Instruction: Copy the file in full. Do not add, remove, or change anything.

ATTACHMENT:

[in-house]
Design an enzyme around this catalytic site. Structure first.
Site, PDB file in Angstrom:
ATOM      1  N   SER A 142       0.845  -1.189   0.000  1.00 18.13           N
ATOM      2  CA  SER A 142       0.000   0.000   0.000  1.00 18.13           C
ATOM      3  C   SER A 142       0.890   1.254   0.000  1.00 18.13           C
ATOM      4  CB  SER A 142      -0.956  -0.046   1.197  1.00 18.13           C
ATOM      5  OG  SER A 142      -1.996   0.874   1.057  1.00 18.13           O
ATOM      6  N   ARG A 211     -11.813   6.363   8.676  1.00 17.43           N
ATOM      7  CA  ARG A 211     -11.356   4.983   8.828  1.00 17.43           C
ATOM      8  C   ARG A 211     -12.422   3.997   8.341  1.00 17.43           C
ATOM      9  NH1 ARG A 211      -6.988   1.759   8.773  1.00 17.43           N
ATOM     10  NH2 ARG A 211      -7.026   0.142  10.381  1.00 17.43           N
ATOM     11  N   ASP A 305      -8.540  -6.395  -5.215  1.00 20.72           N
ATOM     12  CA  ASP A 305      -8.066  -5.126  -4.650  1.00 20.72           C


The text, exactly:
[in-house]
Design an enzyme around this catalytic site. Structure first.
Site, PDB file in Angstrom:
ATOM      1  N   SER A 142       0.845  -1.189   0.000  1.00 18.13           N
ATOM      2  CA  SER A 142       0.000   0.000   0.000  1.00 18.13           C
ATOM      3  C   SER A 142       0.890   1.254   0.000  1.00 18.13           C
ATOM      4  CB  SER A 142      -0.956  -0.046   1.197  1.00 18.13           C
ATOM      5  OG  SER A 142      -1.996   0.874   1.057  1.00 18.13           O
ATOM      6  N   ARG A 211     -11.813   6.363   8.676  1.00 17.43           N
ATOM      7  CA  ARG A 211     -11.356   4.983   8.828  1.00 17.43           C
ATOM      8  C   ARG A 211     -12.422   3.997   8.341  1.00 17.43           C
ATOM      9  NH1 ARG A 211      -6.988   1.759   8.773  1.00 17.43           N
ATOM     10  NH2 ARG A 211      -7.026   0.142  10.381  1.00 17.43           N
ATOM     11  N   ASP A 305      -8.540  -6.395  -5.215  1.00 20.72           N
ATOM     12  CA  ASP A 305      -8.066  -5.126  -4.650  1.00 20.72           C